Scrap ‘queen of the skies’ call
Unite: BA’s retirement of 747s must bring forward aircraft scrappage scheme
Unite believes that while the 747 jet is held in high regard, it is now time for the ‘queen of the skies’ to relinquish her throne. The entire aviation industry’s stock of older, more polluting planes needs to be replaced with the next generation of cleaner and quieter aircraft built and maintained in the UK.
Other European countries, including France, Germany, Spain and the Netherlands, have already committed to scrappage measures that will see their aviation industries invest in greener aircraft and help re-kickstart aerospace manufacturing, so badly hit by the Covid-19 pandemic.
In fact Unite has been pressing the UK government to follow the lead of competitor nations to establish an investment programme for the aerospace sector to survive, rebuild and recover.
Unite’s plan for the industry is based around these three clear aims:
Sector support similar in scope and ambition to that unveiled by the French and Germany governments. Continuation of the government’s job retention scheme (JRS) plus a shorter working week scheme, which has been effective in saving Germany jobs.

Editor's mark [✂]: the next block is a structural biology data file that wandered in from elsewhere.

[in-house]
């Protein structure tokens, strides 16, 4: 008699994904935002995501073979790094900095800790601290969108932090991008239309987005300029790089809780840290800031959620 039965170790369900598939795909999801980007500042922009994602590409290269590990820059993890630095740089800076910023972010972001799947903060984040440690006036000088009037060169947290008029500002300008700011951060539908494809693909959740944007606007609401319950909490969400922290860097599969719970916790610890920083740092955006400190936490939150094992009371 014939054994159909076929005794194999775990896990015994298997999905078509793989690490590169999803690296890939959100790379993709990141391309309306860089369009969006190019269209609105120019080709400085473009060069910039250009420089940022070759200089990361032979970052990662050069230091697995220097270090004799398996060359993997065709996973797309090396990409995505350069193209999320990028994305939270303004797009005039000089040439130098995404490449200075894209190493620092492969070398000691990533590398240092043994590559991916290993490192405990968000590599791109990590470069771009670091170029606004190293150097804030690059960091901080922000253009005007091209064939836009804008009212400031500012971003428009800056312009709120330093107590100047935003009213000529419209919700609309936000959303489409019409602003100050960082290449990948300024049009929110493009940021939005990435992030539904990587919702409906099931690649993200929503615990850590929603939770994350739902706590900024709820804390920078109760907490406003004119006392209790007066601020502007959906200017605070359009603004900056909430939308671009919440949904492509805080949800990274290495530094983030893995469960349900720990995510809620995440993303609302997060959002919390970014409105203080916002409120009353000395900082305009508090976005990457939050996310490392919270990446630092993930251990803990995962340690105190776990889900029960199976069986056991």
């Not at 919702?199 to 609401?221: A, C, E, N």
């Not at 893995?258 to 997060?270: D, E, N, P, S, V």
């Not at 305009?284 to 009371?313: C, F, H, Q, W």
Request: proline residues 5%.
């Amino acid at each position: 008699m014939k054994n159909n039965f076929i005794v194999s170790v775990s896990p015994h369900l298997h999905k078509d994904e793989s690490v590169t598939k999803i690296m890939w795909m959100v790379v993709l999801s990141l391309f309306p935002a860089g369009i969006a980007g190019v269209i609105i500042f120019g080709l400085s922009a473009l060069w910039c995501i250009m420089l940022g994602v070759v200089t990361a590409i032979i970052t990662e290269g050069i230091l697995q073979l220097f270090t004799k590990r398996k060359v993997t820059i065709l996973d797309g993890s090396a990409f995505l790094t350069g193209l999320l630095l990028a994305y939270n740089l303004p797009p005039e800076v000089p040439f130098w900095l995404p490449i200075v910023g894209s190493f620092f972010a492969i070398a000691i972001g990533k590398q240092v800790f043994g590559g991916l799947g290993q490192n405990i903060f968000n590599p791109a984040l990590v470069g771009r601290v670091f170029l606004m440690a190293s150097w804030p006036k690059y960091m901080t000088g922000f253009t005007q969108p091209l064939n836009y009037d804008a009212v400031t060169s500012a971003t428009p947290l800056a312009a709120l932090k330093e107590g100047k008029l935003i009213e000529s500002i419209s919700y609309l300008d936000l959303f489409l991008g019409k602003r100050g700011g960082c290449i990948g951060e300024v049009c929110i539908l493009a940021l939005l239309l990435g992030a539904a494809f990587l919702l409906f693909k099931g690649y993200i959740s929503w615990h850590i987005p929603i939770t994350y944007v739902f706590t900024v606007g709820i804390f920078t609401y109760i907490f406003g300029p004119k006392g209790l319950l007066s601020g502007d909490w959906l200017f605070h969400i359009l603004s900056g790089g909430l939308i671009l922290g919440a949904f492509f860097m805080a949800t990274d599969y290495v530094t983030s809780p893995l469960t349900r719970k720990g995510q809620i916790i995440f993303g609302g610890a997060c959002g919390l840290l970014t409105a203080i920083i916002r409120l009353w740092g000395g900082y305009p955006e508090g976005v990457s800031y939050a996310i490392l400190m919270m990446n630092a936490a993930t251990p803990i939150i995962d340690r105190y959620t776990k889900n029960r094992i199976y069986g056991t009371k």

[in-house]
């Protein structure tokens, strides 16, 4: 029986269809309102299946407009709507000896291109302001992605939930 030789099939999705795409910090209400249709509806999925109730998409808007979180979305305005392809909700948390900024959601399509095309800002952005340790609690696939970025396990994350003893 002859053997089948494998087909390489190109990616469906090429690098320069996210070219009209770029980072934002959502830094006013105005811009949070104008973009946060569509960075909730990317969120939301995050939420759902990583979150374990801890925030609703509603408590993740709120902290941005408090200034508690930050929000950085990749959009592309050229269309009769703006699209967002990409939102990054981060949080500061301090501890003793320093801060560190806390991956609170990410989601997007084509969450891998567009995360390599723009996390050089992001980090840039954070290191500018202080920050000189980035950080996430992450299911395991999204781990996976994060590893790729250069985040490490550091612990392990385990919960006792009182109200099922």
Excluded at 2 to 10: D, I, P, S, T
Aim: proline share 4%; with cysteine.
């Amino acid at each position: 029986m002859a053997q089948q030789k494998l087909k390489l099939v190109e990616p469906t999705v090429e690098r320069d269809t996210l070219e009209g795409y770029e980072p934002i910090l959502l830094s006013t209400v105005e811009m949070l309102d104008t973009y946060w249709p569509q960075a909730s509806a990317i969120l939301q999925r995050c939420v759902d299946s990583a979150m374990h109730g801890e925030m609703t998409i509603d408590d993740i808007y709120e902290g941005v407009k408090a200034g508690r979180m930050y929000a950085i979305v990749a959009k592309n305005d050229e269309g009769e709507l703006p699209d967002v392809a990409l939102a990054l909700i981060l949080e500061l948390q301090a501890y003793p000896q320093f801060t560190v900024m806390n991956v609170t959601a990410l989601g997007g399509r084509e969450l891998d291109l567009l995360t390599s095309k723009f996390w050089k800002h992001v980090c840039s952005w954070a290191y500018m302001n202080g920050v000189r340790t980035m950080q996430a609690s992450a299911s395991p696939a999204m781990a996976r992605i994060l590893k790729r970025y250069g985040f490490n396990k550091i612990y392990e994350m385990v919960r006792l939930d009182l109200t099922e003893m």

A government-supported aircraft replacement scheme to help the aviation sector dramatically reduce its carbon footprint. Production and parts must come from UK
Research and Development increased and the current 50/50 ratio between government and companies changed to 80/20 to bring us in line with those of France and Germany.
Continued support for aerospace apprenticeships to close the growing skills gap across an ageing workforce. The sector has suffered a huge decline in new orders and maintenance work – a knock-on effect from the pandemic hit to the aviation sector.
“It is now time for the UK government to do the same and put together a sector-based strategy for the long-term future of our world leading aerospace industry, and the thousands of highly skilled jobs it supports,” commented Unite national officer Rhys McCarthy.
“Investment in research and development is vital if zero and ultra-low emission planes are to be built. However, this must be accompanied with an immediate industry-wide scrappage scheme so that the newest planes, which emit 25 per cent less CO2, are 25 per cent more fuel efficient and are 50 per cent quieter, can replace more polluting aircraft as quickly as possible.”
He added, “This week Boris Johnson said he would ‘examine’ the idea of an aircraft scrappage scheme. British Airways’ retirement of the 747 should be the impetus he needs to put such a scheme into action.”
- A new report on Unite’s aerospace plans will be available shortly.
By Ryan Fletcher